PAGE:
Why a Website User Experience is Important
There’s nothing more frustrating than having to wait ages for a website to load, and then not being able to find what you’re looking for, and (crucially) the website not being optimised for mobile. Users will quickly leave the site and head somewhere else. Chances are that what they’re looking for can be found elsewhere … on your competitor’s site instead.
Aside from being a driver away from your online presence, a poor website User Experience can give the perception of unprofessionalism, negate the call to action from your marketing, result in a loss of competitive advantage, and essentially result in loss of sales.
Basic UX Aspects to Easily Introduce to your Website
There’s are basics that can be applied simply to your website for immediate UX improvement:
- Removing any large images or files that are slowing loading time
- Ensuring the ‘look and feel’ of your website is consistent to your brand aesthetics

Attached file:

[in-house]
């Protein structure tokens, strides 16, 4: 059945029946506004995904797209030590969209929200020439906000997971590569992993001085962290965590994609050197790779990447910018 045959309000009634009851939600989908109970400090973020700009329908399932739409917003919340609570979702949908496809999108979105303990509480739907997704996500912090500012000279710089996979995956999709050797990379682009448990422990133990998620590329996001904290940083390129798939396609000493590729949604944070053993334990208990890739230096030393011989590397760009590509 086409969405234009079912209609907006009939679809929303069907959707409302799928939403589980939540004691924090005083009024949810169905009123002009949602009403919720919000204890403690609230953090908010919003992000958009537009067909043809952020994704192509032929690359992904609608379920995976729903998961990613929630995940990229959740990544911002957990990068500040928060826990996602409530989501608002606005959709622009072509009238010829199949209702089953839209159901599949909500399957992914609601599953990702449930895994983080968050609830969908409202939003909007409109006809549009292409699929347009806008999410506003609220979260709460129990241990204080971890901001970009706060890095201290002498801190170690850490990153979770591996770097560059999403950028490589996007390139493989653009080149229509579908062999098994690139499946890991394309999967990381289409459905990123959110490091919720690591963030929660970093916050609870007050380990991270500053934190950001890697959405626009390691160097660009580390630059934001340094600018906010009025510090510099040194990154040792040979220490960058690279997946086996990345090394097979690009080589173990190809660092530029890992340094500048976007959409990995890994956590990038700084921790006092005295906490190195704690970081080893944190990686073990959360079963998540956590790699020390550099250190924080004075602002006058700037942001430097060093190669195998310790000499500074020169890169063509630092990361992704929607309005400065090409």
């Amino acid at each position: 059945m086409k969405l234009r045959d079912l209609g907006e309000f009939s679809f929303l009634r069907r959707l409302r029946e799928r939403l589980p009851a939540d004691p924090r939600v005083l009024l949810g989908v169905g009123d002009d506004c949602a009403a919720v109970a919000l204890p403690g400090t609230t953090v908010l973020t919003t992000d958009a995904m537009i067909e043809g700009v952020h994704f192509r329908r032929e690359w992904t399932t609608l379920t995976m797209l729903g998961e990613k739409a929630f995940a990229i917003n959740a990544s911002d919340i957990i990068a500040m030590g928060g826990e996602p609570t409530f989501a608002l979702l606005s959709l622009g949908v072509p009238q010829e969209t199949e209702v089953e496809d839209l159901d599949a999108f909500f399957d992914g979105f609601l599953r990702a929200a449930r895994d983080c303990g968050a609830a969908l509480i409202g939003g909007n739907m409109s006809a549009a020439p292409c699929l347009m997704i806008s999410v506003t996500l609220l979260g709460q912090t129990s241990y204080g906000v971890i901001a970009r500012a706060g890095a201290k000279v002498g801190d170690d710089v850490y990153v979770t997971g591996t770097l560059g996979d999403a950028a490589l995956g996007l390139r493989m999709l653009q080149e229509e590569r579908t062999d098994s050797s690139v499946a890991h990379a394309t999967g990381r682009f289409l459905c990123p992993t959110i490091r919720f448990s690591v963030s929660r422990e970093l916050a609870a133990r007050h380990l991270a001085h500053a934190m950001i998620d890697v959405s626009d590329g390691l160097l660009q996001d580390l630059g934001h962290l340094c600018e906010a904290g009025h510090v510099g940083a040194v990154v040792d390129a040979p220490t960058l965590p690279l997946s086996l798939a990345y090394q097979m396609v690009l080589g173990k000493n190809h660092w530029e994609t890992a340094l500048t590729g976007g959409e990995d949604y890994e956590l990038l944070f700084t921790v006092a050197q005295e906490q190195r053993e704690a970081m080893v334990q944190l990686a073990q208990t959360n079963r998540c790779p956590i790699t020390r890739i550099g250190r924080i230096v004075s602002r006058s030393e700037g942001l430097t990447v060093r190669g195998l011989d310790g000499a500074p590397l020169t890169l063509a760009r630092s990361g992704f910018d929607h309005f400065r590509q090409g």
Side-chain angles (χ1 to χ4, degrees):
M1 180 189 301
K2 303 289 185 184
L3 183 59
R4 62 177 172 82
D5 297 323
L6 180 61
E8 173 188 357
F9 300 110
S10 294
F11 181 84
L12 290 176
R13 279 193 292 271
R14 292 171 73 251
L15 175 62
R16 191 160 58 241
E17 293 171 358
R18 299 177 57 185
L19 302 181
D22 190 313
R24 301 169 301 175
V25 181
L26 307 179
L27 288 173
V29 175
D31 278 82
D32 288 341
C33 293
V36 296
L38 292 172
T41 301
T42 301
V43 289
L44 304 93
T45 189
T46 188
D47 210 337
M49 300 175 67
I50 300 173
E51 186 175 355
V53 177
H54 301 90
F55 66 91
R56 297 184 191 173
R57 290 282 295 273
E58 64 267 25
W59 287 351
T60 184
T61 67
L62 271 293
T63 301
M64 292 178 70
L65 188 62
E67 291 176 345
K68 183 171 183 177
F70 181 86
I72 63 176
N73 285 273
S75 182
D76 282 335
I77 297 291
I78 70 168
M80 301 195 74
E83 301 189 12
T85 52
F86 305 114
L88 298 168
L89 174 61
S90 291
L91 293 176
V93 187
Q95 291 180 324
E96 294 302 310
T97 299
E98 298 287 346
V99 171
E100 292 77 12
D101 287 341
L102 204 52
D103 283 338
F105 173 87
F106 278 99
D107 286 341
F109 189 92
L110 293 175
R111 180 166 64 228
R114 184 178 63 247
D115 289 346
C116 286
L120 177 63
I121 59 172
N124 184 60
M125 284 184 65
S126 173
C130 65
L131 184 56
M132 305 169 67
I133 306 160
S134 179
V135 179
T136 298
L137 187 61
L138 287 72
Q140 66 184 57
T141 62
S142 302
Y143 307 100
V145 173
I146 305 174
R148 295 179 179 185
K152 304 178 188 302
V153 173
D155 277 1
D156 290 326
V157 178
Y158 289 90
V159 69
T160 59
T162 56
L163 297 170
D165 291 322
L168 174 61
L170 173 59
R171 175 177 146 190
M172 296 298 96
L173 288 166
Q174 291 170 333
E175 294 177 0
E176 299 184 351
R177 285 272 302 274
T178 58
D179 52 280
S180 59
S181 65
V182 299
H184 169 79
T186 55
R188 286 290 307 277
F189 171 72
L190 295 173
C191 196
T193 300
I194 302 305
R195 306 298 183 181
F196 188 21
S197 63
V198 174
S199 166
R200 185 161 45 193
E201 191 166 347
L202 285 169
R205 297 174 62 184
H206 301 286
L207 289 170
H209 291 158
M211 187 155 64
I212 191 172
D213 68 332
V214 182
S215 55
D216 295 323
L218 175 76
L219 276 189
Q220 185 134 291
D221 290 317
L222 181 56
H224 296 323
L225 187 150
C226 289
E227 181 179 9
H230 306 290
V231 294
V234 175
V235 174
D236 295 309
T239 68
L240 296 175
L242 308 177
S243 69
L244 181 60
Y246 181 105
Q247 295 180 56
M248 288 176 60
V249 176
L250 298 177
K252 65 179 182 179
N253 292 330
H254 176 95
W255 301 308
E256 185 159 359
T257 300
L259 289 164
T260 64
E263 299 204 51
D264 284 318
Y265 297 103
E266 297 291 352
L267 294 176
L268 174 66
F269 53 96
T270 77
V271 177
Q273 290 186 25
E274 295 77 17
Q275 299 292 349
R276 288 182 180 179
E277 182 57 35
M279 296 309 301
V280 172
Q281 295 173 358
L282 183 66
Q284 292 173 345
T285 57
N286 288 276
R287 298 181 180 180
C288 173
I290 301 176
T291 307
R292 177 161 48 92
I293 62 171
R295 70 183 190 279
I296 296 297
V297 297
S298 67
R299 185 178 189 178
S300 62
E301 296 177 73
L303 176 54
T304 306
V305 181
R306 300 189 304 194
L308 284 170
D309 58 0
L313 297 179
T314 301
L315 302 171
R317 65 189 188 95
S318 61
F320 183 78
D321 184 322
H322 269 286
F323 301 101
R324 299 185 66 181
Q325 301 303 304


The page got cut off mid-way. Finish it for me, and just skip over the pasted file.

- Sense-check all copy for any typos or errors
- Click through all links (both internal and external) on the site and make sure they all work
- Check the formatting of your site works on mobile browsers
- Install an analytics software program into your website’s coding to track user journeys through your site
- Ask your audience! Check in with a few people to see what they’d expect to find on your business website, and what they would change
Fixing the foundations of the site can have an immediate positive impact but this is not to say that it will be enough to gain continued competitive advantage or provide a fantastic User Experience every time. It is always recommended that a specialist website User Experience designer and developer are involved in order to ensure that all aspects are covered.
Centering Humans with User Experience
While developers work to improve UX across websites, it is worth noting that this is not always simply a technical concern. As a User Experience encompasses the entire user journey, considerations must be made to more than just code.
User Experience designers and developers come from a variety of professional backgrounds and their work is multidisciplinary, including programming, visual design, interaction design, accessibility and psychology. Those working in website User Experience must centre human behaviour in their provision, with everything down to how most people would scan a page for text to how big the text needs to be for ease of reading to be considered.